Microdermabrasion facials are one of the best, no down-time treatments to prevent and correct fine lines, wrinkles, acne scarring, pigmentation, uneven skin tone, and skin texture.
The most common concern after receiving the treatment is redness to the skin.
One of the primary benefits of the treatment is the exceptional stimulation of blood flow.
The epidermis does not contain any blood vessels, which are responsible for delivering nutrients throughout the body.
Instead, the epidermis receives nourishment by diffusion from the capillaries in the upper layers of the dermis.
The redness that you may experience in your skin is a good thing. This is a visible indicator that we’ve stimulated microcirculation and those epidermal layers have been nourished.
Redness in the skin will usually subside within a few hours the day of service. In some cases it can take up to 48 hours, but can usually be covered with makeup.
Let’s now discuss how to care for your skin after your microdermabrasion.
POST MICRODERMABRASION CARE
1. Discontinue use of any all exfoliating agents for one week.
Products that have an AHA (alpha hydroxy acid, like glycolic), BHA (beta hydroxy acid, like salicylic), micro beads, enzymes, or a retinol will all further exfoliate the skin.
Microdermabrasion removes the top eighth layer of dead skin cells, thereby removing what your body recognizes as its “protective” layer.
What is left beneath will be fresh, healthy skin cells that are very much alive.
Over-exfoliating these cells can damage the skin and cause irritation or hyperpigmentation.
2. Use a gentle cleanser.
Your skin may feel tender, or somewhat like a sunburn.
As stated above, the outermost layers of skin cells have been removed and the cells left behind must be treated with care.
If you have a Clarisonic, avoid using for at least 72 hours. Premature use can irritate the skin, so stick to hand washing at first.
(Click here to check out our favorite face wash.)
3. Do not touch or pick the skin.
While there is little to no down-time with this treatment, there may be visible cellular regeneration (flaky skin.)
This will usually be contained to the areas where the face is contracted the most (around the mouth is most common.)
Do not pick or pull this skin off. The cells of your epidermis are connected by something called desmosomes.
Picture the connection made between links of a puzzle. When you pick up one piece, another automatically tries to go with it, right?
That’s how the cells of the skin work. Holding on for dear life, epidermal cells are very attached to one another.
Essentially you will over-exfoliate the skin. Removing cells prematurely can cause hyperpigmentation, redness, and irritation.
4. Avoid direct contact with the sun for 48 hours.
This one should be a no-brainer, as I’ve stated twice now: we have removed the protective barrier.
Direct sun exposes the skin to damaging UV rays and will undoubtedly slow the healing process.
(For more ways to protect your skin, check out these 6 tips.)
5. WEAR SUNSCREEN DAILY.
You see I capitalized that one there.
Why? Because this is the most important after care instruction of all.
What brought you into the spa originally?
Dull, lifeless skin? Sun spots? Fine lines and wrinkles? Overexposure is a primary contributor to all.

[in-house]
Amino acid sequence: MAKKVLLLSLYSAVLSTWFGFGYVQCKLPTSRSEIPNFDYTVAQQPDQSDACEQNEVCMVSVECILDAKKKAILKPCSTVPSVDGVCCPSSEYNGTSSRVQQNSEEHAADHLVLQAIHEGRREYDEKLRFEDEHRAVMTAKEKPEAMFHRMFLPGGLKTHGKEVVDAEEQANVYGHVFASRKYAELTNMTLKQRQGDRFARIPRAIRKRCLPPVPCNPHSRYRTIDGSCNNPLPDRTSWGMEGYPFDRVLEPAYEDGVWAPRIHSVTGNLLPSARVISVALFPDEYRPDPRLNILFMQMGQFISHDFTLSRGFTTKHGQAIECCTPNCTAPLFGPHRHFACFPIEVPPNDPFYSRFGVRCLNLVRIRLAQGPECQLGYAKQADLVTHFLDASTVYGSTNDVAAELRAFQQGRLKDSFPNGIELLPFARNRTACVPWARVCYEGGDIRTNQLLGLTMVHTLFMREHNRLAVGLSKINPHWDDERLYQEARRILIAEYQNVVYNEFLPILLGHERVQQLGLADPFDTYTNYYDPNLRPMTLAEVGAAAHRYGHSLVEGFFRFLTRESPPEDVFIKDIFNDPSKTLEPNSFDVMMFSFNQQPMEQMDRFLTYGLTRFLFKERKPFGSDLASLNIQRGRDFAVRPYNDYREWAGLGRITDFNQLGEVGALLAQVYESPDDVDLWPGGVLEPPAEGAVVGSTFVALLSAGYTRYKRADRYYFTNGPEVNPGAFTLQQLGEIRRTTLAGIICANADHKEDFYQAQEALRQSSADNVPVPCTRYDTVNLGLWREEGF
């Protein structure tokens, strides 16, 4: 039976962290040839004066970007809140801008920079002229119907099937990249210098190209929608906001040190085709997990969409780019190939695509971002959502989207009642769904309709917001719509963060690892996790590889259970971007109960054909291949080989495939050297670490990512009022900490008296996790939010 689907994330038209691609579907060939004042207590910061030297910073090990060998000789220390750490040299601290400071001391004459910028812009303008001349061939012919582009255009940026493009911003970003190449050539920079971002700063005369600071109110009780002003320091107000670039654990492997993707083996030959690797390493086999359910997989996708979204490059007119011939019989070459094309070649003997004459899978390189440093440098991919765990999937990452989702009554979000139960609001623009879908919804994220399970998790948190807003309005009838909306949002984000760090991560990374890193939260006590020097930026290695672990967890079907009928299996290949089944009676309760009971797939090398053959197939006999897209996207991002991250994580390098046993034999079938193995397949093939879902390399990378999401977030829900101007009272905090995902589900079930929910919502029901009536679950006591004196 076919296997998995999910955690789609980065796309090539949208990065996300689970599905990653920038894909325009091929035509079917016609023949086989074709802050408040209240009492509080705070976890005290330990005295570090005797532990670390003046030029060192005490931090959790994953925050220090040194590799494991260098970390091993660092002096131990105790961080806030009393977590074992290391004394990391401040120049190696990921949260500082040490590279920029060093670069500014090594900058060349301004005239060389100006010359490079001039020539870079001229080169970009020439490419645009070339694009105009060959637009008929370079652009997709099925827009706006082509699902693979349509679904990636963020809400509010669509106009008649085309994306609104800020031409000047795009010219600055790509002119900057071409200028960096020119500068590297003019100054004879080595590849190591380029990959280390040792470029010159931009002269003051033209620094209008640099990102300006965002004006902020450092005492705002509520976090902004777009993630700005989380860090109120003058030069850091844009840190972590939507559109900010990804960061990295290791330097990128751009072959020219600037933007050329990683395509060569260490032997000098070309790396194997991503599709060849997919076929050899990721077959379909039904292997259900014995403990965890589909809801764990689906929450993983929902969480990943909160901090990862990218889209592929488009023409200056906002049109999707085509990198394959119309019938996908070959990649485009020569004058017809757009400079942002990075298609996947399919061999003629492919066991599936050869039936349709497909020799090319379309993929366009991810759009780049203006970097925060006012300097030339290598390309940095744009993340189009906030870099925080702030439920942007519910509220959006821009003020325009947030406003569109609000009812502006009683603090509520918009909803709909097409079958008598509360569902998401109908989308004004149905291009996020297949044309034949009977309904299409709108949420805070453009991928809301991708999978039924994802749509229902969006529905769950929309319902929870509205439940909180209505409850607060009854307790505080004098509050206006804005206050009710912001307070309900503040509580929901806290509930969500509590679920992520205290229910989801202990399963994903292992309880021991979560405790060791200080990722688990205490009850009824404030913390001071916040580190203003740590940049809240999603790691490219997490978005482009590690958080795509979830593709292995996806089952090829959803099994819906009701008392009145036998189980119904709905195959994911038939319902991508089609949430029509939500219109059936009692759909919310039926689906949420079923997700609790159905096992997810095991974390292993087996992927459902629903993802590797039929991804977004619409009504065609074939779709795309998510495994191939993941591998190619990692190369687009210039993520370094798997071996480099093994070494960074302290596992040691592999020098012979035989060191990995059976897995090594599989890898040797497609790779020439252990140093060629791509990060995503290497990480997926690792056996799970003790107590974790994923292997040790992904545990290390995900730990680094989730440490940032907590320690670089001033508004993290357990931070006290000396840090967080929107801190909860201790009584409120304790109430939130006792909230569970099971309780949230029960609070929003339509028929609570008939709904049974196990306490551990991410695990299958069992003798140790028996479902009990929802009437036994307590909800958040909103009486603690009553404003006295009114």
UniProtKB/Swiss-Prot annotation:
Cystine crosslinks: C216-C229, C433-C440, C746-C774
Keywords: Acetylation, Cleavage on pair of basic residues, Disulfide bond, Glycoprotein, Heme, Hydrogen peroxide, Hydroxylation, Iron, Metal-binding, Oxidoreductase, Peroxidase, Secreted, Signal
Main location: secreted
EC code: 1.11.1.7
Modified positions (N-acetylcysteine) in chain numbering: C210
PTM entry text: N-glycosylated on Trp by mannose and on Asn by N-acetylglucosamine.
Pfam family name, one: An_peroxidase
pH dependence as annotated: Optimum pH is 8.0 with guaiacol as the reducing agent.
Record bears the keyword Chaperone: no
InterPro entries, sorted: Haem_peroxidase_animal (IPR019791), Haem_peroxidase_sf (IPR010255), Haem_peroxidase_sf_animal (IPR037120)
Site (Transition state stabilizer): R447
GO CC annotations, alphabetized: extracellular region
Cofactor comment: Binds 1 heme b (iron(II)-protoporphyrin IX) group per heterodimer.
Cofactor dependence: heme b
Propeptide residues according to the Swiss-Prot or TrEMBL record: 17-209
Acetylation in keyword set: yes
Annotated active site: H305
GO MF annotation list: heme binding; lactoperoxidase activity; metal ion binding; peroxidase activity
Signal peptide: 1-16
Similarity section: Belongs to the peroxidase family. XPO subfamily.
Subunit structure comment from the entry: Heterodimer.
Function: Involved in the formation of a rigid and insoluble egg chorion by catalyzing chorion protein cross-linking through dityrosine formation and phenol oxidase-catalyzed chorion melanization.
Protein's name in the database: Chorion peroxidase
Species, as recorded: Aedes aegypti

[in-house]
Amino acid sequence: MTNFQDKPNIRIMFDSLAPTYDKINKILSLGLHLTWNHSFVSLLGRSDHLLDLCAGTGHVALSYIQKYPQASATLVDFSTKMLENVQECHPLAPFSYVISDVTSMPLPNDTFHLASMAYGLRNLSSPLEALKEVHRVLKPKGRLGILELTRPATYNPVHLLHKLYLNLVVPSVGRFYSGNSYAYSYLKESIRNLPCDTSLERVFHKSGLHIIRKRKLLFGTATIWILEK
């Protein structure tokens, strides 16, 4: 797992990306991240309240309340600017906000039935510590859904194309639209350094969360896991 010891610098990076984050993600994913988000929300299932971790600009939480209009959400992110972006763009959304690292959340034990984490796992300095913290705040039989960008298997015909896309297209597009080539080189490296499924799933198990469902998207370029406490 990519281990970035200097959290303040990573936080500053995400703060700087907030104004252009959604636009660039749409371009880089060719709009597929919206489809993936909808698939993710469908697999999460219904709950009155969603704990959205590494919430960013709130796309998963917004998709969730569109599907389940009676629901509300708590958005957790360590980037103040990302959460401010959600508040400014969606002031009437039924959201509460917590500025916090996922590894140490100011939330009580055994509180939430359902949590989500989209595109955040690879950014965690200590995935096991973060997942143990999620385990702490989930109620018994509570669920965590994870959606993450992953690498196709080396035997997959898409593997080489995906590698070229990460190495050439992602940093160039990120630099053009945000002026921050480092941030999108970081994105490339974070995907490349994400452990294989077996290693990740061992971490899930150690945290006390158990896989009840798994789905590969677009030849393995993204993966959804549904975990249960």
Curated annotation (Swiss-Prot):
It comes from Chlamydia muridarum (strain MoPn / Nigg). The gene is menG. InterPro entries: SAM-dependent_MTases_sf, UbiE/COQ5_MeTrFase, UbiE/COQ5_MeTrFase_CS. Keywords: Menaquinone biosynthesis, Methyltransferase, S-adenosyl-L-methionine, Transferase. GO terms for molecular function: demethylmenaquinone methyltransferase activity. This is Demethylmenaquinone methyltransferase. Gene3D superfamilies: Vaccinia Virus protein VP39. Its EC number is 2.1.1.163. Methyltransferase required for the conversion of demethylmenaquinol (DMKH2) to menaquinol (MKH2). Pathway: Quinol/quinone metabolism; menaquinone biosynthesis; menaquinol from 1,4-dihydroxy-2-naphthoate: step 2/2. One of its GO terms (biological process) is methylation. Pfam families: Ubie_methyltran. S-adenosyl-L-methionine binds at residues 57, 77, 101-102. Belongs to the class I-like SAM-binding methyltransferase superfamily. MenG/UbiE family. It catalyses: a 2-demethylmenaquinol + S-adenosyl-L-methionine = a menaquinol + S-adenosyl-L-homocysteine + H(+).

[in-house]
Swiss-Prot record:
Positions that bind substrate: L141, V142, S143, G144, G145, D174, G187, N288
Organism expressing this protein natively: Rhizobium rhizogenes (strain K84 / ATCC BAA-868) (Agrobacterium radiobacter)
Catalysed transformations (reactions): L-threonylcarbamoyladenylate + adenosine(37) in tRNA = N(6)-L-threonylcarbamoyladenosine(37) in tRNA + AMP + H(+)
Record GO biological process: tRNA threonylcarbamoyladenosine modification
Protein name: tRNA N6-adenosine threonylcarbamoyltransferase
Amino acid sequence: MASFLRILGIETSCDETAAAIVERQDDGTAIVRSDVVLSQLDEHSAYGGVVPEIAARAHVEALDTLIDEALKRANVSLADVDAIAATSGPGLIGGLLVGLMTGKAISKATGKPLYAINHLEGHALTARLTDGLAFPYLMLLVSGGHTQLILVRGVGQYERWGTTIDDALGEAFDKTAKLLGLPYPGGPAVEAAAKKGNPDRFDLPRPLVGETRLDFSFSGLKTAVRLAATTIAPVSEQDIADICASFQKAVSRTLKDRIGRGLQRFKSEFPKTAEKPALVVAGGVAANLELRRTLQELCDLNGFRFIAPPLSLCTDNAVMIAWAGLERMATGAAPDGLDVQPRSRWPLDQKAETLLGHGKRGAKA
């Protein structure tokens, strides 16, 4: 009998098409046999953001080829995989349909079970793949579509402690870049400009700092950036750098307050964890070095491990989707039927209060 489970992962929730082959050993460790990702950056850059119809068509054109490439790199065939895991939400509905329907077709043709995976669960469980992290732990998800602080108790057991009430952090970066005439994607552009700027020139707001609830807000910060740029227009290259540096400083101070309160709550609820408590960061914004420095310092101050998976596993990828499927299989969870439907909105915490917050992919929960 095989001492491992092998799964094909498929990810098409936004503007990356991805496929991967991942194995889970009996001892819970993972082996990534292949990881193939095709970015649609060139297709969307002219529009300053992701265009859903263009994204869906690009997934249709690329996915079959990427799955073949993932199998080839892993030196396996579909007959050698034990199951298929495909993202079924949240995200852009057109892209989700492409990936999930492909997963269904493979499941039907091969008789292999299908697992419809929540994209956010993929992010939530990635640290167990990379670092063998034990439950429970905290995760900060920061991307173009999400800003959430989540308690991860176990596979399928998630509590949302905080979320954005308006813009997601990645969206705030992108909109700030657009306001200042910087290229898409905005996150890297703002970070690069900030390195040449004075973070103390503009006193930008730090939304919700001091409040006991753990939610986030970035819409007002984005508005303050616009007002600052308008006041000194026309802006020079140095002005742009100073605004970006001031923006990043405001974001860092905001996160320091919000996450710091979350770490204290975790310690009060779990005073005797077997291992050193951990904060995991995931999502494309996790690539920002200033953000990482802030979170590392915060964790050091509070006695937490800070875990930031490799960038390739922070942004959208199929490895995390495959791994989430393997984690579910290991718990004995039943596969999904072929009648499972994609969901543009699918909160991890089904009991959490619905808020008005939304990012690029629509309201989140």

Sun exposure (in moderation) is an absolute must, yes. However, the sun is the reason for pigmentation.
It prematurely ages the skin and is we get those very known “sun spots.”
Melanin is responsible for the pigment color of your skin. It is produced by cells called melanocytes and is a defense mechanism to protect the nucleus of the cell.
Melanin places itself between the outer layer of the cell and the nucleus, which is where the DNA is housed.
This is why when we lay out, we tan. It is our body's natural defense to protect our cells from being damaged by UV rays.
(Not sure what SPF you should be wearing? Click here to read more.)
6. Hydrate. Hydrate. Hydrate.
Your entire body, both internally and externally.
Make sure you are drinking an adequate amount of water, as well as applying a quality moisturizer both morning and evening.
Not sure how much water you should be drinking? Divide your body weight in half and there you go. You need that many ounces of water per day.
Let's say you weigh 130 lbs.
That means you need to drink 65 ounces of water each day. For every ounce of another liquid you drink, add that many more ounces.
8 ounces of coffee? 8 more ounces of water.
8 ounces of black tea? 8 more ounces of water.
Caffeinated drinks dehydrate the skin, so only herbal teas get a pass on this one.
(For 10 reasons why water is important, click here.)
The purpose of moisturizer is that it hydrates the skin. It locks onto water molecules and suspends them in the stratum corneum (outermost layer of skin).
This protects the skin by creating a barrier between you and harsh environmental agents that want nothing more than to damage and age your skin.
The reason our bodies produce oil is to protect the skin from becoming dry and cracking. Washing your face strips the skin of natural oils that safeguard its health and longevity.
This is why we tone and moisturize the skin afterwards. Toner balances the pH level and moisturizer replenishes the hydration your skin needs to stay youthful and protected.
Hint: hydrated skin is healthy skin. We all want that radiant dewy look, don’t we?